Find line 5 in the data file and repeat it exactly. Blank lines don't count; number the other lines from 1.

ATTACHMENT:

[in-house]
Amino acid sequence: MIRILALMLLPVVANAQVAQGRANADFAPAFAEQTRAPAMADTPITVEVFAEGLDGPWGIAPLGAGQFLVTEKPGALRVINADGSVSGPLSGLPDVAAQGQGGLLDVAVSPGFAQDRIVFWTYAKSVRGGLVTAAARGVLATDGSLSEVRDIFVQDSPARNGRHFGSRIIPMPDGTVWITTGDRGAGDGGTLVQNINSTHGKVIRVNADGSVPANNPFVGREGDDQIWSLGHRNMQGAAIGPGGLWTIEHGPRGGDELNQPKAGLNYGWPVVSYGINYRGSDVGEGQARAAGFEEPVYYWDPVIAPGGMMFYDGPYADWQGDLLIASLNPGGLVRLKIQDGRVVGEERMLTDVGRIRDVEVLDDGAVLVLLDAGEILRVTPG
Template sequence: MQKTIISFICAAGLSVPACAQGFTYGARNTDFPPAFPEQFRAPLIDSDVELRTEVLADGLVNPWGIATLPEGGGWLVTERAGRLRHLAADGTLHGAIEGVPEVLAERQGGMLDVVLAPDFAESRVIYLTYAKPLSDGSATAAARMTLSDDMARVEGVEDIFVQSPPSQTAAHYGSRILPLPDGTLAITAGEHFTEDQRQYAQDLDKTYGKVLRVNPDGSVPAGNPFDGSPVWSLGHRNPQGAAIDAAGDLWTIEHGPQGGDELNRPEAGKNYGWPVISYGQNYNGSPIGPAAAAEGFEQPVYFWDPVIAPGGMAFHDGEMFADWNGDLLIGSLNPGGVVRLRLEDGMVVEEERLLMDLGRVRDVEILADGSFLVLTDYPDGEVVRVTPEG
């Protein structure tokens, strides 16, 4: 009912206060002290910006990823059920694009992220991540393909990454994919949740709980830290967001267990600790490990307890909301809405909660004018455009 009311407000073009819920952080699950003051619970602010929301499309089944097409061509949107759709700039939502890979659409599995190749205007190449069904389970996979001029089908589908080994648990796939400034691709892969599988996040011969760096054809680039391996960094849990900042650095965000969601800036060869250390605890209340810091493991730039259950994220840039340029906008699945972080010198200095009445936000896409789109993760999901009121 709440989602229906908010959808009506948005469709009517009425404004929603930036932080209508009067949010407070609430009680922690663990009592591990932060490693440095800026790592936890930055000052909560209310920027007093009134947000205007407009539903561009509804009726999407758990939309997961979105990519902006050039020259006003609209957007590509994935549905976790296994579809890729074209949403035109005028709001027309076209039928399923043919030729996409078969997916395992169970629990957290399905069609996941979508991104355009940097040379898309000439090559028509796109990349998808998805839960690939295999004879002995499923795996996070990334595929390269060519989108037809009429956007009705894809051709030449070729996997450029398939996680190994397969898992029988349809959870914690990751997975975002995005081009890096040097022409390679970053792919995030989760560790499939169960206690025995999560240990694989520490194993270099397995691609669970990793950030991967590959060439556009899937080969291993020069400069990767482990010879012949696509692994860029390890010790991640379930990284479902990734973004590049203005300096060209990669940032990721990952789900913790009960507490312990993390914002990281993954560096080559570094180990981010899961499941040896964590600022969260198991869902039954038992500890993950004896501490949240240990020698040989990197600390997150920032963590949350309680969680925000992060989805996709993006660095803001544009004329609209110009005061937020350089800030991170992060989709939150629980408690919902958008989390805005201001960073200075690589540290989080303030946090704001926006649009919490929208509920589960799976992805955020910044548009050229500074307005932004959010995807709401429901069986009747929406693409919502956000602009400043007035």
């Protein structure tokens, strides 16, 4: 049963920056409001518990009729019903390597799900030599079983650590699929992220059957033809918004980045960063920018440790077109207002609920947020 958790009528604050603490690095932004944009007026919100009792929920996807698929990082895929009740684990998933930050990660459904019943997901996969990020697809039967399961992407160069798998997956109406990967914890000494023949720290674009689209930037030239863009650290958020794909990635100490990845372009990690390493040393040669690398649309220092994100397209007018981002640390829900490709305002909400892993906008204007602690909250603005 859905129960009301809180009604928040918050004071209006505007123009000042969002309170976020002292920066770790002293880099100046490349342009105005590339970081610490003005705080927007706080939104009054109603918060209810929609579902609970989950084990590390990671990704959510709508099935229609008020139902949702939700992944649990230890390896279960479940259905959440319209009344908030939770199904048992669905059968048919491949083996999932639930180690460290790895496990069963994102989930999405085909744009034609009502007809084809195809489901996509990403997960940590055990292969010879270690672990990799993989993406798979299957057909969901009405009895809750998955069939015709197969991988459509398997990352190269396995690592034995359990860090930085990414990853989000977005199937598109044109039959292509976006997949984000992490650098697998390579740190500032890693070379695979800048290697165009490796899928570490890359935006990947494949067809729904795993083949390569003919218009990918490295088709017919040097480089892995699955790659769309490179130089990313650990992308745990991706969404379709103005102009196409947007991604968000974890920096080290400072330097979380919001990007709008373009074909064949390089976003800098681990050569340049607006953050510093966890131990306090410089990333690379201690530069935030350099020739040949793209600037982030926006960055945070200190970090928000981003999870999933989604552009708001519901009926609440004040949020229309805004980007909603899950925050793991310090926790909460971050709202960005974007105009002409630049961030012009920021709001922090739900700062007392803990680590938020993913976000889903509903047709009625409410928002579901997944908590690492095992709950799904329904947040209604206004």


């Protein structure tokens, strides 16, 4: 049963920056409001518990009729019903390597799900030599079983650590699929992220059957033809918004980045960063920018440790077109207002609920947020 958790009528604050603490690095932004944009007026919100009792929920996807698929990082895929009740684990998933930050990660459904019943997901996969990020697809039967399961992407160069798998997956109406990967914890000494023949720290674009689209930037030239863009650290958020794909990635100490990845372009990690390493040393040669690398649309220092994100397209007018981002640390829900490709305002909400892993906008204007602690909250603005 859905129960009301809180009604928040918050004071209006505007123009000042969002309170976020002292920066770790002293880099100046490349342009105005590339970081610490003005705080927007706080939104009054109603918060209810929609579902609970989950084990590390990671990704959510709508099935229609008020139902949702939700992944649990230890390896279960479940259905959440319209009344908030939770199904048992669905059968048919491949083996999932639930180690460290790895496990069963994102989930999405085909744009034609009502007809084809195809489901996509990403997960940590055990292969010879270690672990990799993989993406798979299957057909969901009405009895809750998955069939015709197969991988459509398997990352190269396995690592034995359990860090930085990414990853989000977005199937598109044109039959292509976006997949984000992490650098697998390579740190500032890693070379695979800048290697165009490796899928570490890359935006990947494949067809729904795993083949390569003919218009990918490295088709017919040097480089892995699955790659769309490179130089990313650990992308745990991706969404379709103005102009196409947007991604968000974890920096080290400072330097979380919001990007709008373009074909064949390089976003800098681990050569340049607006953050510093966890131990306090410089990333690379201690530069935030350099020739040949793209600037982030926006960055945070200190970090928000981003999870999933989604552009708001519901009926609440004040949020229309805004980007909603899950925050793991310090926790909460971050709202960005974007105009002409630049961030012009920021709001922090739900700062007392803990680590938020993913976000889903509903047709009625409410928002579901997944908590690492095992709950799904329904947040209604206004």